Election 2015: UKIP candidate for St Albans Chris Wright
- Credit: Archant
Despite his party’s constant criticism of immigrants, UKIP’s parliamentary candidate for St Albans Chris Wright does not consider them a scourge upon the nation.
But he advocates a tougher, Australian-style immigration system to exert better control of the UK’s borders.
Asked about his solution to stem the free-flow of immigrants, particularly those exploiting this country’s welfare benefits, Chris replied: “It’s where UKIP puts its core policy, which is to control various immigrants coming from the EU.”
He said there are ‘millions’ of people in the EU who have the right settle here, “and we can do nothing about it.
“But of course this country is a great place to live; it’s a lovely part of the world and you don’t really blame people for wanting to come here and take up residency. The challenge though is how many can we accept before we suffer from overcrowding and a lack of school spaces.
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“We would adopt an Australian-style system, limit the numbers of people coming in here to slowly but surely accommodate our own people and look after ourselves.”
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Asked whether he supported migrants moving to the UK at all, Chris replied: “Of course - we are a nation of immigrants. We all probably have some migrant background. I know that my great-great-grandfather came from Dublin and so part of me is an immigrant as well.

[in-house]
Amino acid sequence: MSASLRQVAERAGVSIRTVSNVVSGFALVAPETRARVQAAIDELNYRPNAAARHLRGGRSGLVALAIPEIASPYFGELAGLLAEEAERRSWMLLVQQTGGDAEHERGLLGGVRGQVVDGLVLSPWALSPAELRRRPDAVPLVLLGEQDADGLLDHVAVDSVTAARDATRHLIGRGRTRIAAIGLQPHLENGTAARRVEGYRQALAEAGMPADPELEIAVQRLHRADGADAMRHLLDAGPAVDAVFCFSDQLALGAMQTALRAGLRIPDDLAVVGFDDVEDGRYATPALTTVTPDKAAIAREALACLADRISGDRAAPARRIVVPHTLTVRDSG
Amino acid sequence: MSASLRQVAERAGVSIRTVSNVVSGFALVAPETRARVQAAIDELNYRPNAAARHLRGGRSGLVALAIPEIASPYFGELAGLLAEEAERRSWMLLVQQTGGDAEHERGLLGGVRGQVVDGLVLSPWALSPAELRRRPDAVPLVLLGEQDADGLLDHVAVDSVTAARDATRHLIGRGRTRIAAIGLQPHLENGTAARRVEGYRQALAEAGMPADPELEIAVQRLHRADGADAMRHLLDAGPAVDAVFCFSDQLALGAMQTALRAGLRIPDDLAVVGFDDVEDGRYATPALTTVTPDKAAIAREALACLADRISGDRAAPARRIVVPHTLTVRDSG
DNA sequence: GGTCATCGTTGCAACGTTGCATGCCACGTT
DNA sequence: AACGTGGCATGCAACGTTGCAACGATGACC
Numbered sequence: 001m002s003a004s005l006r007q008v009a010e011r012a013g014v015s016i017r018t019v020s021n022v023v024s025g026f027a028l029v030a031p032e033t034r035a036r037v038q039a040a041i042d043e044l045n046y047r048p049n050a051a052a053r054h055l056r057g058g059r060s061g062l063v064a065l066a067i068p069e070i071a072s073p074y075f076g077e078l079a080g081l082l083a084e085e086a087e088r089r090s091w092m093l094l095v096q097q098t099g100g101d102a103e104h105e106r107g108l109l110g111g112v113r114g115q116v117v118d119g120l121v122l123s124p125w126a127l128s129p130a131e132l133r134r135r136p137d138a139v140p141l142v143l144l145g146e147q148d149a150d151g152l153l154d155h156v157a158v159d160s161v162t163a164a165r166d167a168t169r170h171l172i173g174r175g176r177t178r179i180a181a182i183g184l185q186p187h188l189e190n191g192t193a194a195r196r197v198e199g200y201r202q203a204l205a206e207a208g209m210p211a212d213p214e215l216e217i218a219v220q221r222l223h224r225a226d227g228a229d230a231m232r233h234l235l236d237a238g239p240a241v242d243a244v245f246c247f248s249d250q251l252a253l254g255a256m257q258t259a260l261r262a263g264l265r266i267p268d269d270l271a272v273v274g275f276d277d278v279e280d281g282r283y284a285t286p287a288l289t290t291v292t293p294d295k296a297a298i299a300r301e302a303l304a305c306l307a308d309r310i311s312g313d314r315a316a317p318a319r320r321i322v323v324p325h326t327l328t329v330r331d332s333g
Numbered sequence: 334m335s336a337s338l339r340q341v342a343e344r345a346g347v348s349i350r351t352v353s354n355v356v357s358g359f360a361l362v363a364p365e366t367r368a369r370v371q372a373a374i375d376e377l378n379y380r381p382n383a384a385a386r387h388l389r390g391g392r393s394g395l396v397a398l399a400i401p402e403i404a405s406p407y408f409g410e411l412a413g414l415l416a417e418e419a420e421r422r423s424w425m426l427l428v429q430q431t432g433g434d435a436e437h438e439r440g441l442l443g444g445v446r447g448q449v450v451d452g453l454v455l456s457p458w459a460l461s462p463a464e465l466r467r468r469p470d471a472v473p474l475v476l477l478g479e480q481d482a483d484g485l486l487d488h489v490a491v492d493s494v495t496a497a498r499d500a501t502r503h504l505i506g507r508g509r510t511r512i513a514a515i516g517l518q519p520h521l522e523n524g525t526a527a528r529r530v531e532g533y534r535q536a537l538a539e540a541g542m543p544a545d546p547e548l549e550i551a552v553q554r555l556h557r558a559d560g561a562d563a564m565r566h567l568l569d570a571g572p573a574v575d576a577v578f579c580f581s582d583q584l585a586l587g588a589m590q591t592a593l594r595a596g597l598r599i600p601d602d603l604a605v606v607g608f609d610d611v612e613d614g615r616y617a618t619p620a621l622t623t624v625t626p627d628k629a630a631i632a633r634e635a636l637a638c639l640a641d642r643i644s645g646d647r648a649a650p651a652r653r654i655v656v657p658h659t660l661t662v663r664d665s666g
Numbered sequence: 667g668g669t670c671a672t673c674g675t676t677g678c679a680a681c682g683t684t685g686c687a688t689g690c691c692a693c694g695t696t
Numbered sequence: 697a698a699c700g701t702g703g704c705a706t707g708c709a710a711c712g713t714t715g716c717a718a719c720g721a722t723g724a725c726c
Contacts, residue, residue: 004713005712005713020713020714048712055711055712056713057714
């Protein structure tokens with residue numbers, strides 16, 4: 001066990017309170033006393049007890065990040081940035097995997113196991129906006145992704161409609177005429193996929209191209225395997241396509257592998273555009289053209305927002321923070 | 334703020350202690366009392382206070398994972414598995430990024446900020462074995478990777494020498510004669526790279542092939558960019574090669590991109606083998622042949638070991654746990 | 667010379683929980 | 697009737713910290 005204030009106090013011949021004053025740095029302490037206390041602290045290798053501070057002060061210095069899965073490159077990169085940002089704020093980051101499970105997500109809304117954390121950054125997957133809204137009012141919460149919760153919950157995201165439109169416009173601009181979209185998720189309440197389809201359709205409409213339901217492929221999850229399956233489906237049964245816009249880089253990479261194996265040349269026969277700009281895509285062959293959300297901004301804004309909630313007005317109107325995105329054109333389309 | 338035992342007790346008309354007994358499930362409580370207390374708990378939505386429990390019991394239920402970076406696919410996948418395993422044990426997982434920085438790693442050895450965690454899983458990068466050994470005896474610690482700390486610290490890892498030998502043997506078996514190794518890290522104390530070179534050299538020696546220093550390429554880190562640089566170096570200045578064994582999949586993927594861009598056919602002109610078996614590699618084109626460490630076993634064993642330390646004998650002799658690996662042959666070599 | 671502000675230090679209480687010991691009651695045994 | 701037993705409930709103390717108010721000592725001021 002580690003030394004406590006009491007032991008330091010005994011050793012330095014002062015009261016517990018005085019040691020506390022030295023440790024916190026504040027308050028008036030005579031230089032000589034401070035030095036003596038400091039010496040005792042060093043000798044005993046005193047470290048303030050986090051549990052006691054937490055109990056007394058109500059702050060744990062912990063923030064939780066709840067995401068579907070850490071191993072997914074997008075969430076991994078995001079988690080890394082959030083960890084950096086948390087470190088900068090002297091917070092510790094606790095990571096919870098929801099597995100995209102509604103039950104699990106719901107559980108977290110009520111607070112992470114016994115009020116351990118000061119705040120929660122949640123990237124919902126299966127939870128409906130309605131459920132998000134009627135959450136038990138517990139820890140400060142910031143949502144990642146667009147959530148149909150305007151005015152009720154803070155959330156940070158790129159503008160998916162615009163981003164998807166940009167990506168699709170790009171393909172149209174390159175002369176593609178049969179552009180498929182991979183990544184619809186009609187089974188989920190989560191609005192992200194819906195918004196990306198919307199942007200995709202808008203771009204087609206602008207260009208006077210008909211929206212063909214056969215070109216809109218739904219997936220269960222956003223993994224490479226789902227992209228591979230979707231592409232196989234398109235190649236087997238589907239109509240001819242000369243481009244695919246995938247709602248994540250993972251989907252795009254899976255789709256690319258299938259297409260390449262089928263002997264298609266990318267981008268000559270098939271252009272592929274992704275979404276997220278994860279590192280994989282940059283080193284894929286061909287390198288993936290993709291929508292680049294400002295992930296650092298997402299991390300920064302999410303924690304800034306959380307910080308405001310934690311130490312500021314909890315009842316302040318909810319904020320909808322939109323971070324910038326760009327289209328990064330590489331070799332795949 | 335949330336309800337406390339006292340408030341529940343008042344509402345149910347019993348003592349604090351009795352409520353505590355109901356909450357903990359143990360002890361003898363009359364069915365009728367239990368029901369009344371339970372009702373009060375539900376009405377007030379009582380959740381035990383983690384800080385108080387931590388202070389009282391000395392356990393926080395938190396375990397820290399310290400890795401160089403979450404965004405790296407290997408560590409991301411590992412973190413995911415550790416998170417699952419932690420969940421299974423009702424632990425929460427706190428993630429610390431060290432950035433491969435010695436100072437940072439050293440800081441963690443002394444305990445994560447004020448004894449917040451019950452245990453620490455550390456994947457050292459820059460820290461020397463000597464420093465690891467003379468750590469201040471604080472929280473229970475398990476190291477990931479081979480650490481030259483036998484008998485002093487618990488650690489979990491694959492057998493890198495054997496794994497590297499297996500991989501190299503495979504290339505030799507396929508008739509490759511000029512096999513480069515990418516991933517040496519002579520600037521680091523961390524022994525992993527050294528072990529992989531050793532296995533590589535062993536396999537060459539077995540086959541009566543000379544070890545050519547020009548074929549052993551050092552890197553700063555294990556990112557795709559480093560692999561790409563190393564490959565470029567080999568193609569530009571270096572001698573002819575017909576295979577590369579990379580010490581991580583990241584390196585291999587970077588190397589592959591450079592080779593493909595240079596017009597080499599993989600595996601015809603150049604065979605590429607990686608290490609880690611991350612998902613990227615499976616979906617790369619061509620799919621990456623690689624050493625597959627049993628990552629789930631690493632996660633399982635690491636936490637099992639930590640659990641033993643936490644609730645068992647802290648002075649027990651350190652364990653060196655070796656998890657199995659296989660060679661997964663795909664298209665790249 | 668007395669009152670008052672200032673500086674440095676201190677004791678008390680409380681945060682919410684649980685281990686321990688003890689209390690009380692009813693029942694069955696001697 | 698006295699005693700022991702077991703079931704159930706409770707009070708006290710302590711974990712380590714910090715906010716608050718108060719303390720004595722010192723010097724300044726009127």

“The trouble is, where do you stop? How do you control it?
“We don’t want to stop [immigrants] picking potatoes. The important thing is if you put in Australian type controls, where people apply to come to the country and businesses can indicate they need specialist workers, they will ask for them and a UKIP government would control that.”
In response to a reader’s question about UKIP showing a lack of compassion by proposing a cut to foreign aid, Chris said that his party believes money is being ‘wasted’ on countries where there is corruption.
He added: “We can’t tolerate giving money to third world dictators who spend money on flats in Paris and feeding themselves.”
The party would still contribute funds, “but it will go on proper aid, clean water projects and building hospitals.”
The pressure to supply thousands of homes in St Albans in the future “is a real worry,” according to Chris.
He said: “Demand is greater than supply because of immigration. I’m absolutely against building on the Green Belt; giving away our lungs. We need space between the towns, and to grow our own food and vegetables. UKIP will protect the Green Belt.
“UKIP would facilitate more building on brownfield sites, such as giving grants to help decontaminate areas up to £10,000 per project and remove VAT on development costs.”
Chris said: “UKIP is often [criticised] for a lack of compassion. UKIP believes in looking after the needy.
“We need to give them a hand up, but not a hand-out.
“After we have controlled immigration, which will ease a lot of the demand we have, we have to build houses, and encourage prosperity.”
With the ever-present need to expand school capacity in St Albans, Chris said the key was to control demand first by, “limiting the number of immigrants we have to cater for”.
UKIP would reintroduce grammar schools.